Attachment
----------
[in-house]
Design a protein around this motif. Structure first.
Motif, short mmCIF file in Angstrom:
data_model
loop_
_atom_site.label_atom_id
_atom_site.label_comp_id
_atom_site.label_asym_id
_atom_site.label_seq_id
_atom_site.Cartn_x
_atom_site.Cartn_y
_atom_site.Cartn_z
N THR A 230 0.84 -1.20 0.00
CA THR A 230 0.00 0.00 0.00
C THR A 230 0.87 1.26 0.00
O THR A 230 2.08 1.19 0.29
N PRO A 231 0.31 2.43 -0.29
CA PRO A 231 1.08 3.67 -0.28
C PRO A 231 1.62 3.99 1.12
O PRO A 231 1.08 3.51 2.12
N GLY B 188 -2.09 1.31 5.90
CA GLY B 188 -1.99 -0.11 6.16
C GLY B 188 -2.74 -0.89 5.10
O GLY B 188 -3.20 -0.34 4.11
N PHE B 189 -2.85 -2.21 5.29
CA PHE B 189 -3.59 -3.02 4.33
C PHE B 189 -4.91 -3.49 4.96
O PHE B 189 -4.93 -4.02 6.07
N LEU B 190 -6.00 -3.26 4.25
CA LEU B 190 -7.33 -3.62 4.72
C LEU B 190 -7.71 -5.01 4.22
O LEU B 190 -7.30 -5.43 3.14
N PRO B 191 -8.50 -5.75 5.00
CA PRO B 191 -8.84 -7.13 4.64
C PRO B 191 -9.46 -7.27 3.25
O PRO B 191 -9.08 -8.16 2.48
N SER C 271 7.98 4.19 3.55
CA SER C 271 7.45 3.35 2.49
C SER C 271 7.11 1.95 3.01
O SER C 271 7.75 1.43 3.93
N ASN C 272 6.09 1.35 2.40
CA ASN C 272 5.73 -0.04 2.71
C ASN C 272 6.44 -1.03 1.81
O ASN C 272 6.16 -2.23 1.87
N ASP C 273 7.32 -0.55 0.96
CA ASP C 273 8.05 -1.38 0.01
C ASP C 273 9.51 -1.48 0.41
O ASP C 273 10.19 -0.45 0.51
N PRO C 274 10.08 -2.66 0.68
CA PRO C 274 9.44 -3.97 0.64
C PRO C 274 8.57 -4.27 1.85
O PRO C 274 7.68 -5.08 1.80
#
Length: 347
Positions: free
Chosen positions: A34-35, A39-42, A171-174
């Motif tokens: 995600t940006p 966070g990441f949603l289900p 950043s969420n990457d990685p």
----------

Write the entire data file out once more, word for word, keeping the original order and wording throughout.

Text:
[in-house]
Design a protein around this motif. Structure first.
Motif, short mmCIF file in Angstrom:
data_model
loop_
_atom_site.label_atom_id
_atom_site.label_comp_id
_atom_site.label_asym_id
_atom_site.label_seq_id
_atom_site.Cartn_x
_atom_site.Cartn_y
_atom_site.Cartn_z
N THR A 230 0.84 -1.20 0.00
CA THR A 230 0.00 0.00 0.00
C THR A 230 0.87 1.26 0.00
O THR A 230 2.08 1.19 0.29
N PRO A 231 0.31 2.43 -0.29
CA PRO A 231 1.08 3.67 -0.28
C PRO A 231 1.62 3.99 1.12
O PRO A 231 1.08 3.51 2.12
N GLY B 188 -2.09 1.31 5.90
CA GLY B 188 -1.99 -0.11 6.16
C GLY B 188 -2.74 -0.89 5.10
O GLY B 188 -3.20 -0.34 4.11
N PHE B 189 -2.85 -2.21 5.29
CA PHE B 189 -3.59 -3.02 4.33
C PHE B 189 -4.91 -3.49 4.96
O PHE B 189 -4.93 -4.02 6.07
N LEU B 190 -6.00 -3.26 4.25
CA LEU B 190 -7.33 -3.62 4.72
C LEU B 190 -7.71 -5.01 4.22
O LEU B 190 -7.30 -5.43 3.14
N PRO B 191 -8.50 -5.75 5.00
CA PRO B 191 -8.84 -7.13 4.64
C PRO B 191 -9.46 -7.27 3.25
O PRO B 191 -9.08 -8.16 2.48
N SER C 271 7.98 4.19 3.55
CA SER C 271 7.45 3.35 2.49
C SER C 271 7.11 1.95 3.01
O SER C 271 7.75 1.43 3.93
N ASN C 272 6.09 1.35 2.40
CA ASN C 272 5.73 -0.04 2.71
C ASN C 272 6.44 -1.03 1.81
O ASN C 272 6.16 -2.23 1.87
N ASP C 273 7.32 -0.55 0.96
CA ASP C 273 8.05 -1.38 0.01
C ASP C 273 9.51 -1.48 0.41
O ASP C 273 10.19 -0.45 0.51
N PRO C 274 10.08 -2.66 0.68
CA PRO C 274 9.44 -3.97 0.64
C PRO C 274 8.57 -4.27 1.85
O PRO C 274 7.68 -5.08 1.80
#
Length: 347
Positions: free
Chosen positions: A34-35, A39-42, A171-174
């Motif tokens: 995600t940006p 966070g990441f949603l289900p 950043s969420n990457d990685p």